Get the most
The Pareto principle (AKA the 80/20 rule) is a little bit generous when it comes to the additive manufacturing industry.
About eight years ago, a good friend of mine — who has since left the industry — shared his field experience and his concerns with what he observed. He vented his frustration with what he saw day in and day out: Operators that knew little more than the basics; operators that just use defaults to get acceptable parts out the door.
His take was that only 10 percent of all users build parts with more than the basic, default build styles.
Eight years has not changed anything. From conversations with applications engineers and product managers, I’ve learned that this still holds true. Someone needs parts, so files are prepped with stock styles and built with whatever material is in the machine at the moment.
This MO (modus operandi) produces passable parts but leaves so much of additive manufacturing’s value untouched. It also leads people to believe that this is the best that can be done, which can result in less demand.
Ninety-percenters limit the applications, reduce the value, diminish the return on investment (ROI) and impede progress or innovation. While additive manufacturing holds claim to design freedom, endless possibilities and product innovation, defaulting to basic operations throttles all three.
I know, you are already pressed for time. But I encourage you to realize the full potential of your machines by committing to applying what time you can find to getting more out them.
Stop or Read On
If you can answer the following question, read no further. You are in at least the twenty-fifth percentile.
“Why do you do what you do?” In other words, what is the rationale behind your build styles and material choice? “Because that is the way we always have done it,” is not an acceptable answer.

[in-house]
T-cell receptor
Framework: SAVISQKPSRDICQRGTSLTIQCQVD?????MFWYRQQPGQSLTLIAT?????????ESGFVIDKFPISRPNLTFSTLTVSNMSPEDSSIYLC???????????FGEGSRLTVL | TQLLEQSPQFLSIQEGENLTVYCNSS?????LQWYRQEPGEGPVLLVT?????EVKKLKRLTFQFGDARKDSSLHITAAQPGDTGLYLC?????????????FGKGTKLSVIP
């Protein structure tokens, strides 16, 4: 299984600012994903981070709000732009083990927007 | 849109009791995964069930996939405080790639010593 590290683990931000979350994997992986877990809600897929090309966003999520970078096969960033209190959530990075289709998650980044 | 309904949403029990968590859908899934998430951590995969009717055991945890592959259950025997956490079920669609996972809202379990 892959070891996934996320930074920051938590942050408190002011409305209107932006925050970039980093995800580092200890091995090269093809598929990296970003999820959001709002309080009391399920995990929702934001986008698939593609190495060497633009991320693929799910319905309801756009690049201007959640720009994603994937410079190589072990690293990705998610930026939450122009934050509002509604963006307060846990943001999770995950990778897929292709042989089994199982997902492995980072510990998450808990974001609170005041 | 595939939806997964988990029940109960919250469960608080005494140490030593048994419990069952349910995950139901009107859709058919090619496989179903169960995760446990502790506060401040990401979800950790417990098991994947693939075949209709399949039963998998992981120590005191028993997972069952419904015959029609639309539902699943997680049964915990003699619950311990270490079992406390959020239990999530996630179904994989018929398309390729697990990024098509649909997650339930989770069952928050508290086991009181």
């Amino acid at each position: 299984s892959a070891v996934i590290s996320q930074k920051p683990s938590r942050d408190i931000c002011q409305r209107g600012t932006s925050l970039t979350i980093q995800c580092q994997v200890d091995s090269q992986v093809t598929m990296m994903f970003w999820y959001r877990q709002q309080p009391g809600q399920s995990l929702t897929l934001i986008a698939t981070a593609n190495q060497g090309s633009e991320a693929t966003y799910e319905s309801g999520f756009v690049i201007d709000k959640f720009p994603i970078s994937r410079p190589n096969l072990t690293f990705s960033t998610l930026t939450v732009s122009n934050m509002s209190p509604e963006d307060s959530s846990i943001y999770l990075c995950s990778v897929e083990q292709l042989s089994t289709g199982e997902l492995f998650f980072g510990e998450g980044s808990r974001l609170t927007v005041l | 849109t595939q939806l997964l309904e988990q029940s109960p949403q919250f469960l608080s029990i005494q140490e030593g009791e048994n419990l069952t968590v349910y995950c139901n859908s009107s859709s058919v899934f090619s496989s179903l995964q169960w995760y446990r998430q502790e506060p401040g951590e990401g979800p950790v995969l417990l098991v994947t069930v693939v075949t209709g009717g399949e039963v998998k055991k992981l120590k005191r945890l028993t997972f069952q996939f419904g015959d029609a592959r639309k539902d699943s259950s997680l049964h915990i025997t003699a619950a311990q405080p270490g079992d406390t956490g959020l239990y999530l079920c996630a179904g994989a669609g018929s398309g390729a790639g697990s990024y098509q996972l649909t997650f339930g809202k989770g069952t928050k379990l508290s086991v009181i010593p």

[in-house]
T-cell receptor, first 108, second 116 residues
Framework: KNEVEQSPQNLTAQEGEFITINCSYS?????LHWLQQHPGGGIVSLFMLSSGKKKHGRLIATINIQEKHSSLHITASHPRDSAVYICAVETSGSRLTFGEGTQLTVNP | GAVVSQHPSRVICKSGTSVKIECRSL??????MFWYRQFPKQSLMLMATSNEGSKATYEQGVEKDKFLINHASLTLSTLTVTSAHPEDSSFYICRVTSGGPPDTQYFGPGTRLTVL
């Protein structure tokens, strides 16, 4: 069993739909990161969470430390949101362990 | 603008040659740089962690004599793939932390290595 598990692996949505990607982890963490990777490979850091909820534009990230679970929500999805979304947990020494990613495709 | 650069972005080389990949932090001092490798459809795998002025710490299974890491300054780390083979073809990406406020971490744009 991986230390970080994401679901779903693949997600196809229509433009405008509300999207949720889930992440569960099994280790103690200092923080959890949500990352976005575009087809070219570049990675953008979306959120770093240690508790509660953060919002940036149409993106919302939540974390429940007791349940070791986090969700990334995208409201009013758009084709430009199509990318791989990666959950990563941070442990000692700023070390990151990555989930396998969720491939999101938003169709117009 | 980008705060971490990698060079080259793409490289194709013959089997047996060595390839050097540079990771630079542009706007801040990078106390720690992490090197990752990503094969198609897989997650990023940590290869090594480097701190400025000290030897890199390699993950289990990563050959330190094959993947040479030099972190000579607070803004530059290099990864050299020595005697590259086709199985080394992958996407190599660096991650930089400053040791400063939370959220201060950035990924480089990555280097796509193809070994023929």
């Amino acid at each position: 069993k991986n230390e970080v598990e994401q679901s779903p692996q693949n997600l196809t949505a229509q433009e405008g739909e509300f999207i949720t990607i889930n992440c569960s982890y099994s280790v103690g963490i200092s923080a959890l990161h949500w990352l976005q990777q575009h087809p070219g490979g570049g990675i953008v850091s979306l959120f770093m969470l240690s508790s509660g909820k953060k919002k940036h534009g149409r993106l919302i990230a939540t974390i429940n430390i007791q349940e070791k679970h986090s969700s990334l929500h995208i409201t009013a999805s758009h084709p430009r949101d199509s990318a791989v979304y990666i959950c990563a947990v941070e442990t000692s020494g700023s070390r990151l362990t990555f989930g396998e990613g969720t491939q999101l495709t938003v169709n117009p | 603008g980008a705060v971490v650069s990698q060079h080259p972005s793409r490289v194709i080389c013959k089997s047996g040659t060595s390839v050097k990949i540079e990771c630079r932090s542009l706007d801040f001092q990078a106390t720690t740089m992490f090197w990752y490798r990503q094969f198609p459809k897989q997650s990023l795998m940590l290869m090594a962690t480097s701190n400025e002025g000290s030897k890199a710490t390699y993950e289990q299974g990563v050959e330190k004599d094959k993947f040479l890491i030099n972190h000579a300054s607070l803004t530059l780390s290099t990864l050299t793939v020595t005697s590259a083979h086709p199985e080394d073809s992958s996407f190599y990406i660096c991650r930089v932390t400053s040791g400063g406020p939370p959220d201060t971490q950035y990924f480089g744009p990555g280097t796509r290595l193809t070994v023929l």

If you must read on, don’t feel bad. You are in the majority. You are like most others when it comes to additive manufacturing as well as traditional manufacturing processes and everyday software applications. For example, a status quo operation is one of the barriers to direct digital manufacturing (DDM). When someone assumes that an injection moulded part needs the same material properties, same batch size and same annual production volume, DDM doesn’t stand a chance.
If no one questions why, nothing changes.
Now, if you are ready to get more out of that AM machine, you will have to put more into it, especially if you have future DDM plans.
Mingling with Users
My attendance at the Additive Manufacturing Users Group (AMUG) conference has confirmed the reports from application engineers. At this gathering, topics and conversations were focused on how to do things right with an explanation of why.
The attendees at this event fell into one of two camps. Either they were advanced users (ten-percenters) willing to share what they know, or they were part of the majority but with a desire to go beyond run-of-the-mill system operation. They are hungry to learn more; to do more.
Throughout the conference, I heard exclamations such as “I didn’t know I can do that” or “I didn’t know that material existed.” This is evidence that there is so much more to learn.